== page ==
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Archive for Thursday, July 12, 1990

LOCAL TEACHERS HOPE TO SHARE JAPAN INSIGHTS

July 12, 1990

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Although the world's seven leading democracies wrapped up their five-day economic summit on Wednesday, one economic concern of the United States undoubtedly will continue for some time: How to better compete with the economically successful Japanese?

Some local educators hope their recent trip to Japan will help today's students understand Japanese culture, thus helping tomorrow's leaders understand Japan's economic competitiveness.

Randall Weseman, principal at South Junior High School, and Dan Wildcat, a social studies instructor at Haskell Indian Junior College, visited Japan from May 21 to June 10 as part of the Mid-America Japan in the Schools Program (MAJIS).

Educators from Missouri, Iowa and Nebraska also participated in the program, which is being funded by a three-year grant to Kansas University's School of Education from the United States-Japan Foundation.

Pat Weiss, assistant director of KU's Center for Economic Education and director of the MAJIS program, also went on the trip. She said the experience gave her several insights that would help her implement the program.

"EACH YEAR, we will identify a team of three educators from each state who will come to KU for training in Japan studies," she said. "They, in turn, will conduct workshops, train teachers, design curricula and promote the exchange of people and information with Japan."

Wildcat said he already had spoken to students in his summer classes about the trip. Meanwhile, Weseman is planning school presentations and finding out which teachers would like to help teach students about Japan.

Weseman said one thing he hopes to convey to students is the sense of group effort that he found in Japan. He said that when the Mid-America group saw a baseball game in Tokyo Stadium, there was no Japanese equivalent of Bo Jackson who drove fans wild. Instead, the fans supported each player equally, even giving each of them their own cheer as they stepped into the batter's box.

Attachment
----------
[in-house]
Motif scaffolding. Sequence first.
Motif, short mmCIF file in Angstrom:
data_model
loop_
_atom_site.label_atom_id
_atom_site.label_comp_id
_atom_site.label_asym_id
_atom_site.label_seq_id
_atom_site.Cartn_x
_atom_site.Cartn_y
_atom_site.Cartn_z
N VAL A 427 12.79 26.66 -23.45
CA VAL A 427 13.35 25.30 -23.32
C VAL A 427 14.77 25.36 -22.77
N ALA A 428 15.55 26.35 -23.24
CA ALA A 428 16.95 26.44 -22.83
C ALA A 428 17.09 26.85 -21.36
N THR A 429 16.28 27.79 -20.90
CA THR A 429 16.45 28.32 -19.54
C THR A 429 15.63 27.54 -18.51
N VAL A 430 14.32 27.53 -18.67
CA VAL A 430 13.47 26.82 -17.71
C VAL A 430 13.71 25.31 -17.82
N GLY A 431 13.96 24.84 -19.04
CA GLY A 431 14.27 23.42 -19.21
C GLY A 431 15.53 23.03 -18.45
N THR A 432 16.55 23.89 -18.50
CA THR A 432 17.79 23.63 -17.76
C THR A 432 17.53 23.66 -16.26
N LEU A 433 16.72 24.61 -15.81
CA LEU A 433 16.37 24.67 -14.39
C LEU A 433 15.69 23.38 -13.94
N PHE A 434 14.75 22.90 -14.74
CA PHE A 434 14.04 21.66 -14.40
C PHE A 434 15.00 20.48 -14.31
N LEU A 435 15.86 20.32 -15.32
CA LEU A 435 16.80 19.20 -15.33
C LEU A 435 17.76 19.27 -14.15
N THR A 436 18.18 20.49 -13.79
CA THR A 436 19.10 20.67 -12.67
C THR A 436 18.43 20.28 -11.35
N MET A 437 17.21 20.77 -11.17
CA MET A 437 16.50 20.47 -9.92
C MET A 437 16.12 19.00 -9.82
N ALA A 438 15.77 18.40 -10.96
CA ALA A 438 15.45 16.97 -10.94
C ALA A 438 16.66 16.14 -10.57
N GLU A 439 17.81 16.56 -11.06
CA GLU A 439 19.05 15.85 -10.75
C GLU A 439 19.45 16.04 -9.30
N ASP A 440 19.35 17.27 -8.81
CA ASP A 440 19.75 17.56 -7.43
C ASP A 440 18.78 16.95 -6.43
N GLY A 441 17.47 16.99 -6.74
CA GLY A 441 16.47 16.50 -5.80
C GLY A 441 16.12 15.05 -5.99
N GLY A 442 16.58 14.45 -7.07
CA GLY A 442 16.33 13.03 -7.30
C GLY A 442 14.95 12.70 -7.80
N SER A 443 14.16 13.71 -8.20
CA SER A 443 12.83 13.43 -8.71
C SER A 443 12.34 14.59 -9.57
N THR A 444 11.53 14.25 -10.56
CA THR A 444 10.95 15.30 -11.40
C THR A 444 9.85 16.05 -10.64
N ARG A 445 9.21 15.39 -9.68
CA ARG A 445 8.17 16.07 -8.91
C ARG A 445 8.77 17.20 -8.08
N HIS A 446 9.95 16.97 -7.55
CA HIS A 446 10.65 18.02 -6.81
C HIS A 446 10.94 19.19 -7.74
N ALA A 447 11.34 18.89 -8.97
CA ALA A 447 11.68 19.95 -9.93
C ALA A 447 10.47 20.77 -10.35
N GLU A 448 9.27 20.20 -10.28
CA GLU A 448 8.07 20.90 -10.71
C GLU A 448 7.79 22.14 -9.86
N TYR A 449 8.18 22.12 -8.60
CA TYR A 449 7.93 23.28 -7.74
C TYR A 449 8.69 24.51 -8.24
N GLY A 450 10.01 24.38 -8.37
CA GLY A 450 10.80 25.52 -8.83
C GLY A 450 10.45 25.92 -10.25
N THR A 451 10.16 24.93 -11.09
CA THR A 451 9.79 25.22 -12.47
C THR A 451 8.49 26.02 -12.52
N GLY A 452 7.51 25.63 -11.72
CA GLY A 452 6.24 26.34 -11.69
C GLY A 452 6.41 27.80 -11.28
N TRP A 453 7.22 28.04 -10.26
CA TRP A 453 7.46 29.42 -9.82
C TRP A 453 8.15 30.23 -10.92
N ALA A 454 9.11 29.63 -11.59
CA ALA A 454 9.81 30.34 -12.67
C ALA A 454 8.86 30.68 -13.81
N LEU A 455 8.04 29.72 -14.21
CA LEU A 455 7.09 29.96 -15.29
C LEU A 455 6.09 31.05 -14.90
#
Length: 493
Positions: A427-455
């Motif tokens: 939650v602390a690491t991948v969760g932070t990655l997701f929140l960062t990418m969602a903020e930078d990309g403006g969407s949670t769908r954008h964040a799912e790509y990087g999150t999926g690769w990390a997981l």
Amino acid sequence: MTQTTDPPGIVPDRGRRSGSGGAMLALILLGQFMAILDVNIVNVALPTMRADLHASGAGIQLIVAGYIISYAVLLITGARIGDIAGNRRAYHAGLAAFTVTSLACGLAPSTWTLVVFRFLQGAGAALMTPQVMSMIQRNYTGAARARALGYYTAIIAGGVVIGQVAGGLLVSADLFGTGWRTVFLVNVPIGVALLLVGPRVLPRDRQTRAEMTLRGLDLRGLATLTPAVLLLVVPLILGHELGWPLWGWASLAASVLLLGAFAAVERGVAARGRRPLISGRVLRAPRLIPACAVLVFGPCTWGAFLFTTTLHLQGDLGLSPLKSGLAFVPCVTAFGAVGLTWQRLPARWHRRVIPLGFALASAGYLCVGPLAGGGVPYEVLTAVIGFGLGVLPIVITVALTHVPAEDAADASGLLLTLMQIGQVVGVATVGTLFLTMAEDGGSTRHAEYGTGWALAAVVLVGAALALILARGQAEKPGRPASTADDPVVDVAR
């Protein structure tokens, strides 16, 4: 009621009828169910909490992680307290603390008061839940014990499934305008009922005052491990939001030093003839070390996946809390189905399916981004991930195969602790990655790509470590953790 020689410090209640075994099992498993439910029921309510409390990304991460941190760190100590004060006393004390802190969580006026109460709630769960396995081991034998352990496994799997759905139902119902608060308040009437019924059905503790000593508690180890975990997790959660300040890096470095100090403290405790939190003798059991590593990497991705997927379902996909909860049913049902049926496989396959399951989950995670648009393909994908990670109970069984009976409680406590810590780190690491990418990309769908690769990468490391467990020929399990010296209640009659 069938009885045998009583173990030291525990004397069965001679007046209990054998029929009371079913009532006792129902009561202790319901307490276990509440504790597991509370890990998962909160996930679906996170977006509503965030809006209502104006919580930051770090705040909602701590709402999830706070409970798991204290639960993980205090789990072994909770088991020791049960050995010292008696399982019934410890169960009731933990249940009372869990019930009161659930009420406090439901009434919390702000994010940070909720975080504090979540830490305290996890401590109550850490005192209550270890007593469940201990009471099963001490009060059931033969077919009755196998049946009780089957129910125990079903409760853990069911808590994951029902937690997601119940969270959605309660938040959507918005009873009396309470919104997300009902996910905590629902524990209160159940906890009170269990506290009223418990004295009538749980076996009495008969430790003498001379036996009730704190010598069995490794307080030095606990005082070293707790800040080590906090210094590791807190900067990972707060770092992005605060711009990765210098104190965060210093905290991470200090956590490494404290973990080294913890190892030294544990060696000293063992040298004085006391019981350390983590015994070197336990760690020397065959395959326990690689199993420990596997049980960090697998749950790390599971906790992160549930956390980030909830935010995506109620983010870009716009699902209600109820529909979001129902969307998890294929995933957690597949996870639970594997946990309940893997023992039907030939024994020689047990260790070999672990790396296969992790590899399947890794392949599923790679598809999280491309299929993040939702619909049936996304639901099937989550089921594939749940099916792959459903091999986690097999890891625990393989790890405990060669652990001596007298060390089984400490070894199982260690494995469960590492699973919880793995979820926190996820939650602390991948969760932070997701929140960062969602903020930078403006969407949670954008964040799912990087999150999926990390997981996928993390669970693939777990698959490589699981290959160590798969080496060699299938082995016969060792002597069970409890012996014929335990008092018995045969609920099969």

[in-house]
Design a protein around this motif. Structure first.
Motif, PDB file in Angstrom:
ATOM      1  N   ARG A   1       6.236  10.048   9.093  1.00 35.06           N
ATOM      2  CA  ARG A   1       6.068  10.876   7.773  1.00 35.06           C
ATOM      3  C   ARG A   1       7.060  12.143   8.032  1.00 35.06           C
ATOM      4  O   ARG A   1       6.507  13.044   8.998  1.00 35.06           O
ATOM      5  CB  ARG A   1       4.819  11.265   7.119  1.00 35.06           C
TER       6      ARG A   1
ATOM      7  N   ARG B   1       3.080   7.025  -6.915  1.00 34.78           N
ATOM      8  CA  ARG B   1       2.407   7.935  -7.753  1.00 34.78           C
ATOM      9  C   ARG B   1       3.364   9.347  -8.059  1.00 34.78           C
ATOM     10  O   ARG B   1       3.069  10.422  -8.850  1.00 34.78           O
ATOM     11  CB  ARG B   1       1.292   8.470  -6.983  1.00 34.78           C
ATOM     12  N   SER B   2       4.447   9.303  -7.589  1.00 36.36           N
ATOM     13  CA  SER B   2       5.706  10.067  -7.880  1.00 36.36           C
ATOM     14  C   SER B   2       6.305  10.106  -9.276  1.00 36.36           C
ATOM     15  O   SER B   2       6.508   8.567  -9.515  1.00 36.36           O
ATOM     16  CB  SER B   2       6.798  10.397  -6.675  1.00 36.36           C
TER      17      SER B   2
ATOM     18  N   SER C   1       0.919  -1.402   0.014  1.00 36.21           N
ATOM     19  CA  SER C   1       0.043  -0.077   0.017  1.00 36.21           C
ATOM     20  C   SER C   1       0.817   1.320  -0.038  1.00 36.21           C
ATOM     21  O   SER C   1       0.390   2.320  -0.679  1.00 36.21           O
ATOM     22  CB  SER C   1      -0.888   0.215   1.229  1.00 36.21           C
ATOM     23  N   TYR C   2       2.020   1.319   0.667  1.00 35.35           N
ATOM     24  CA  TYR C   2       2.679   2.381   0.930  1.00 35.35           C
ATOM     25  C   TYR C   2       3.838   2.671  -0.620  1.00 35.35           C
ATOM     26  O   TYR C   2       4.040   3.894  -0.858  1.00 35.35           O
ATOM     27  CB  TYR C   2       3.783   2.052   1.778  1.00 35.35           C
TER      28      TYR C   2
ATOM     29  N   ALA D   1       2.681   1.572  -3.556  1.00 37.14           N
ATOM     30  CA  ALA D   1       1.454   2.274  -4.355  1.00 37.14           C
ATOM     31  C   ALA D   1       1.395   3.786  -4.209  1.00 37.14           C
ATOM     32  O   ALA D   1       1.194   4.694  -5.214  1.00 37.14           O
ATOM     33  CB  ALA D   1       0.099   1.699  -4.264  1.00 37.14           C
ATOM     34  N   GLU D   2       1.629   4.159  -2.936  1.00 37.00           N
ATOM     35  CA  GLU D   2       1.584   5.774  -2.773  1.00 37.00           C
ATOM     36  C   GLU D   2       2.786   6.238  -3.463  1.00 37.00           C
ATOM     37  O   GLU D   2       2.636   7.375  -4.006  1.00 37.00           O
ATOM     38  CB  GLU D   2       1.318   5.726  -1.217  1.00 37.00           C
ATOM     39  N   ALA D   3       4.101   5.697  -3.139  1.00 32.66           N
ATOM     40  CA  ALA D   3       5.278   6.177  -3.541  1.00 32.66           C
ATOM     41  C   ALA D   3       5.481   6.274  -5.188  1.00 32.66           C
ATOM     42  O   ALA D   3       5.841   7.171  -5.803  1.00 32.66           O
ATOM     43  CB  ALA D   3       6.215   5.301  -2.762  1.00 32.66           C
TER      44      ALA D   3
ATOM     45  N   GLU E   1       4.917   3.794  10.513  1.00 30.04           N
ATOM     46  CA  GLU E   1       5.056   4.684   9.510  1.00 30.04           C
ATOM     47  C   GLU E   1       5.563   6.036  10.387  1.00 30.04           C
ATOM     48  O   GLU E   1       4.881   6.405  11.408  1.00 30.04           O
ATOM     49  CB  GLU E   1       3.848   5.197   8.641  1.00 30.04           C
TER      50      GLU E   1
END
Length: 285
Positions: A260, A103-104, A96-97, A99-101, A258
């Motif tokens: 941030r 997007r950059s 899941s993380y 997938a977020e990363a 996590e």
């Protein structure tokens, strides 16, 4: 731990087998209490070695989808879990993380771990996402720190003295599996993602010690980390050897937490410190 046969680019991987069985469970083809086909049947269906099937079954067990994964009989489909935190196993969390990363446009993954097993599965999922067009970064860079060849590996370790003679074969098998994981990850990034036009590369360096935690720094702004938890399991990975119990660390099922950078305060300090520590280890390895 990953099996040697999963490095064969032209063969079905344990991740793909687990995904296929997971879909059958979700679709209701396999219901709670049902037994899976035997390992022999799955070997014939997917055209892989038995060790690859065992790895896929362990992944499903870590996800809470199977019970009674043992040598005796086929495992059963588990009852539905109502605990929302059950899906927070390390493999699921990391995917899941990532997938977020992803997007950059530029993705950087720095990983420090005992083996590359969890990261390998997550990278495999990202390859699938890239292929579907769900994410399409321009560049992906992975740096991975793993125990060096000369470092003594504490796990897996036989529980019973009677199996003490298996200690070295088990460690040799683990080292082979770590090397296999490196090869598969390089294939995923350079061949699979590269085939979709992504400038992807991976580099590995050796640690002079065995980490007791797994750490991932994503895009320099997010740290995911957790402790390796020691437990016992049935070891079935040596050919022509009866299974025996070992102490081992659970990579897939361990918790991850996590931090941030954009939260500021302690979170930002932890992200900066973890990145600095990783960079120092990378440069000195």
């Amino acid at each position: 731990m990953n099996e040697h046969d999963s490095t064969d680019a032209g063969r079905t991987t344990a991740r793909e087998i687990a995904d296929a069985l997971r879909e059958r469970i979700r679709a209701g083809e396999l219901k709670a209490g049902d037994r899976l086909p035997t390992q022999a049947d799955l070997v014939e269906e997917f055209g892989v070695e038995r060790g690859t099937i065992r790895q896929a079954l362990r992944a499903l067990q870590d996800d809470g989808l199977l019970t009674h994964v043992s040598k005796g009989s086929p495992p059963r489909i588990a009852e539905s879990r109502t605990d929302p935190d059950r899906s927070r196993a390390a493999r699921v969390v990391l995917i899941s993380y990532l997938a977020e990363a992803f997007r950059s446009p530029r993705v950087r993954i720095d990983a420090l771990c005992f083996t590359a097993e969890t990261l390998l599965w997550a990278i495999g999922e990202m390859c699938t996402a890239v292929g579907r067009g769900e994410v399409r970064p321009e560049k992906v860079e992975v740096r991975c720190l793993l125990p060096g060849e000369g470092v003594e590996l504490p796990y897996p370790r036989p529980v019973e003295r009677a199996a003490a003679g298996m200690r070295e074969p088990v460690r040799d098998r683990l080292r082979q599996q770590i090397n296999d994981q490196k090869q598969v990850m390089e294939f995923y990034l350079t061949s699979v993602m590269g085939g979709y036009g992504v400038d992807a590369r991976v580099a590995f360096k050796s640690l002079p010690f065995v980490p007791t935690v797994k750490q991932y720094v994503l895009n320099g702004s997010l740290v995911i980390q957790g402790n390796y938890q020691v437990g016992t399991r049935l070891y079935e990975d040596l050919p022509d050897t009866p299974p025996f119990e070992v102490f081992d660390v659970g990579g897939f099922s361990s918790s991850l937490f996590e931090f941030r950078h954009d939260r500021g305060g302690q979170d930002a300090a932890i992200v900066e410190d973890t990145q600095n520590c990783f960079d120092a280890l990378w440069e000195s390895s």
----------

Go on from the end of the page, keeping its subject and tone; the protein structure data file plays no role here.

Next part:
"The Japanese put a real emphasis on working together. That's one of the keys to their success," Weseman said.

A VISIT to the State of Kansas office in Japan showed Weseman that the United States does not follow that policy. Weseman learned that the 47 states with offices in Japan compete with one other for Japanese business, meaning that Kansas beef producers are competing with those in Iowa, for example.

"The Japanese are playing one state off the other," Weseman said. "The reason the Japanese have been so successful here is that they've had a consistent national trade policy."

Weseman said students should be aware of another key to Japan's success in international trade.

"They didn't come over and do business the way they do business in Japan. They learned to do business the way we do it," he said.

Weiss said the Japanese were very impressed when members of the Mid-America group chose to eat with chopsticks instead of forks, especially if forks had been offered to them. She said U.S. businesses could be more successful in Japan if they also would "do as the Romans do."

APPARENTLY, Weseman said, Kentucky Fried Chicken finally has learned to do that. Weseman said the chain's representatives now follow the Japanese custom of introducing themselves to merchants and residents near the site of a new restaurant before starting construction. They also allow a Shinto priest to drive spirits from the new restaurant once it is completed, a common Japanese practice when moving into a new home.

Wildcat was intrigued by the parallel between that ritual and those of Native Americans.

"That practice would not be foreign to American Indian traditions. The Navajo will have a special blessing for a new home, often burning some kind of sacred tobacco," he said. "And if you look at the Japanese garden, the care they give to nature reflects the notion of American Indians that you have a responsibility to the place where you live."

Wildcat said his trip would allow him to show students that they have more in common with the Japanese than they might think. And although Wildcat thinks the United States should continue to compete with Japan, he said the two countries needn't be adversaries.

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